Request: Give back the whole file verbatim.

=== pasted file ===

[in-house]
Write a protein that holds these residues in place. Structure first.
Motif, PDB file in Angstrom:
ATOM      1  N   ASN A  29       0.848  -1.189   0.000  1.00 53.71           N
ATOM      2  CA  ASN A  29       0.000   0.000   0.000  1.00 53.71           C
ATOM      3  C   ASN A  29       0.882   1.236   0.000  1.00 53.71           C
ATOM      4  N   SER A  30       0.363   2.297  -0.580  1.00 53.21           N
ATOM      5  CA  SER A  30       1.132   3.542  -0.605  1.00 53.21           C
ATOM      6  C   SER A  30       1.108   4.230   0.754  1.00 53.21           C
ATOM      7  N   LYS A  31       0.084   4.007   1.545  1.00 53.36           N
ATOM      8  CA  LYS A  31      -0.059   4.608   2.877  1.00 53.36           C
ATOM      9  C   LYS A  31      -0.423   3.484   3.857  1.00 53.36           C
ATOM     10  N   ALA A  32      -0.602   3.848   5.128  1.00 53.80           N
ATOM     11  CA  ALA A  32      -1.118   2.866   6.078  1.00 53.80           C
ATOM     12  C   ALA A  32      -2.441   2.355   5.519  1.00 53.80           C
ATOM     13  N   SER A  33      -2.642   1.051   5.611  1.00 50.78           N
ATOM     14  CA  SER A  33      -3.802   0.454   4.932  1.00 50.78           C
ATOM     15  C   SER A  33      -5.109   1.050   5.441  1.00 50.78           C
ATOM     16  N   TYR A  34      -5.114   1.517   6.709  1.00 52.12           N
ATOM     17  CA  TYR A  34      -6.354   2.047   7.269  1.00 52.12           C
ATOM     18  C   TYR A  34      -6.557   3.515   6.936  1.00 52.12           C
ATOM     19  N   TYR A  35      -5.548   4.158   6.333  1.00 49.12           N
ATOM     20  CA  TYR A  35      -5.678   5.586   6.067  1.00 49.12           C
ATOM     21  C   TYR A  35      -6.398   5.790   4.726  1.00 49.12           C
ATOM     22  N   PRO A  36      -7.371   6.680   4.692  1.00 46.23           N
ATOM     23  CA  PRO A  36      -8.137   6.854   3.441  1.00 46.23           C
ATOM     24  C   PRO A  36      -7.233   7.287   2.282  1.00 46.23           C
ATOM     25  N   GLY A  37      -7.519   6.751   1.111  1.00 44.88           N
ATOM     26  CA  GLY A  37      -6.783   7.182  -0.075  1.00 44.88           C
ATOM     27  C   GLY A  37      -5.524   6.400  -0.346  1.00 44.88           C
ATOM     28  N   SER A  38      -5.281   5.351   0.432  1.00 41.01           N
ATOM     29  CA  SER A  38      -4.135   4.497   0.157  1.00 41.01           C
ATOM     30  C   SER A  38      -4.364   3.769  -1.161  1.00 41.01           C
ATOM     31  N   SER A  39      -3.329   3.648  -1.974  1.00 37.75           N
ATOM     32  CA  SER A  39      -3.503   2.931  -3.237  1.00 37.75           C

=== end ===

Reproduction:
[in-house]
Write a protein that holds these residues in place. Structure first.
Motif, PDB file in Angstrom:
ATOM      1  N   ASN A  29       0.848  -1.189   0.000  1.00 53.71           N
ATOM      2  CA  ASN A  29       0.000   0.000   0.000  1.00 53.71           C
ATOM      3  C   ASN A  29       0.882   1.236   0.000  1.00 53.71           C
ATOM      4  N   SER A  30       0.363   2.297  -0.580  1.00 53.21           N
ATOM      5  CA  SER A  30       1.132   3.542  -0.605  1.00 53.21           C
ATOM      6  C   SER A  30       1.108   4.230   0.754  1.00 53.21           C
ATOM      7  N   LYS A  31       0.084   4.007   1.545  1.00 53.36           N
ATOM      8  CA  LYS A  31      -0.059   4.608   2.877  1.00 53.36           C
ATOM      9  C   LYS A  31      -0.423   3.484   3.857  1.00 53.36           C
ATOM     10  N   ALA A  32      -0.602   3.848   5.128  1.00 53.80           N
ATOM     11  CA  ALA A  32      -1.118   2.866   6.078  1.00 53.80           C
ATOM     12  C   ALA A  32      -2.441   2.355   5.519  1.00 53.80           C
ATOM     13  N   SER A  33      -2.642   1.051   5.611  1.00 50.78           N
ATOM     14  CA  SER A  33      -3.802   0.454   4.932  1.00 50.78           C
ATOM     15  C   SER A  33      -5.109   1.050   5.441  1.00 50.78           C
ATOM     16  N   TYR A  34      -5.114   1.517   6.709  1.00 52.12           N
ATOM     17  CA  TYR A  34      -6.354   2.047   7.269  1.00 52.12           C
ATOM     18  C   TYR A  34      -6.557   3.515   6.936  1.00 52.12           C
ATOM     19  N   TYR A  35      -5.548   4.158   6.333  1.00 49.12           N
ATOM     20  CA  TYR A  35      -5.678   5.586   6.067  1.00 49.12           C
ATOM     21  C   TYR A  35      -6.398   5.790   4.726  1.00 49.12           C
ATOM     22  N   PRO A  36      -7.371   6.680   4.692  1.00 46.23           N
ATOM     23  CA  PRO A  36      -8.137   6.854   3.441  1.00 46.23           C
ATOM     24  C   PRO A  36      -7.233   7.287   2.282  1.00 46.23           C
ATOM     25  N   GLY A  37      -7.519   6.751   1.111  1.00 44.88           N
ATOM     26  CA  GLY A  37      -6.783   7.182  -0.075  1.00 44.88           C
ATOM     27  C   GLY A  37      -5.524   6.400  -0.346  1.00 44.88           C
ATOM     28  N   SER A  38      -5.281   5.351   0.432  1.00 41.01           N
ATOM     29  CA  SER A  38      -4.135   4.497   0.157  1.00 41.01           C
ATOM     30  C   SER A  38      -4.364   3.769  -1.161  1.00 41.01           C
ATOM     31  N   SER A  39      -3.329   3.648  -1.974  1.00 37.75           N
ATOM     32  CA  SER A  39      -3.503   2.931  -3.237  1.00 37.75           C